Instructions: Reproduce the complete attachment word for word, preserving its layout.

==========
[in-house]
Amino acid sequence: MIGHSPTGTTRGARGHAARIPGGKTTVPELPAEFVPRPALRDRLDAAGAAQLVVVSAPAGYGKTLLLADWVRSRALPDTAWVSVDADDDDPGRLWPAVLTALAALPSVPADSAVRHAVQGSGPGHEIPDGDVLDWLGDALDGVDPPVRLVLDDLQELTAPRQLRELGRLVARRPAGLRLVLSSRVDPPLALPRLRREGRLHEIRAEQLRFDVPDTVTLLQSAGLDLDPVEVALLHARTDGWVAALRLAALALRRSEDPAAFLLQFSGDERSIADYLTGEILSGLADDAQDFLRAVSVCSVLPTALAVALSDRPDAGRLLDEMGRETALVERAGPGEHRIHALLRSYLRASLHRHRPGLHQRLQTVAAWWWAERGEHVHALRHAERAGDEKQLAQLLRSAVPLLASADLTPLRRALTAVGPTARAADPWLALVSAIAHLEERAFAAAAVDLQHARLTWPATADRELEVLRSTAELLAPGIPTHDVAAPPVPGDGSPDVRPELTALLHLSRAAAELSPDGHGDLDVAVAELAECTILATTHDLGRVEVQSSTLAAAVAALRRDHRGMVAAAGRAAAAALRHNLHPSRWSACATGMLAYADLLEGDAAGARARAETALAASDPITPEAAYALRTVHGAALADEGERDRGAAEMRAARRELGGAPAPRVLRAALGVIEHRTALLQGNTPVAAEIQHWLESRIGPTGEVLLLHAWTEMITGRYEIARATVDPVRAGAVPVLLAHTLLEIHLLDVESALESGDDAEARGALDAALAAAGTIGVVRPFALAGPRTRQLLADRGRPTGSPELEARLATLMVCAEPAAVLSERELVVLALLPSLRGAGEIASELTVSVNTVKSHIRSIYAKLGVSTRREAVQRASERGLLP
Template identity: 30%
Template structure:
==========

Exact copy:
[in-house]
Amino acid sequence: MIGHSPTGTTRGARGHAARIPGGKTTVPELPAEFVPRPALRDRLDAAGAAQLVVVSAPAGYGKTLLLADWVRSRALPDTAWVSVDADDDDPGRLWPAVLTALAALPSVPADSAVRHAVQGSGPGHEIPDGDVLDWLGDALDGVDPPVRLVLDDLQELTAPRQLRELGRLVARRPAGLRLVLSSRVDPPLALPRLRREGRLHEIRAEQLRFDVPDTVTLLQSAGLDLDPVEVALLHARTDGWVAALRLAALALRRSEDPAAFLLQFSGDERSIADYLTGEILSGLADDAQDFLRAVSVCSVLPTALAVALSDRPDAGRLLDEMGRETALVERAGPGEHRIHALLRSYLRASLHRHRPGLHQRLQTVAAWWWAERGEHVHALRHAERAGDEKQLAQLLRSAVPLLASADLTPLRRALTAVGPTARAADPWLALVSAIAHLEERAFAAAAVDLQHARLTWPATADRELEVLRSTAELLAPGIPTHDVAAPPVPGDGSPDVRPELTALLHLSRAAAELSPDGHGDLDVAVAELAECTILATTHDLGRVEVQSSTLAAAVAALRRDHRGMVAAAGRAAAAALRHNLHPSRWSACATGMLAYADLLEGDAAGARARAETALAASDPITPEAAYALRTVHGAALADEGERDRGAAEMRAARRELGGAPAPRVLRAALGVIEHRTALLQGNTPVAAEIQHWLESRIGPTGEVLLLHAWTEMITGRYEIARATVDPVRAGAVPVLLAHTLLEIHLLDVESALESGDDAEARGALDAALAAAGTIGVVRPFALAGPRTRQLLADRGRPTGSPELEARLATLMVCAEPAAVLSERELVVLALLPSLRGAGEIASELTVSVNTVKSHIRSIYAKLGVSTRREAVQRASERGLLP
Template identity: 30%
Template structure: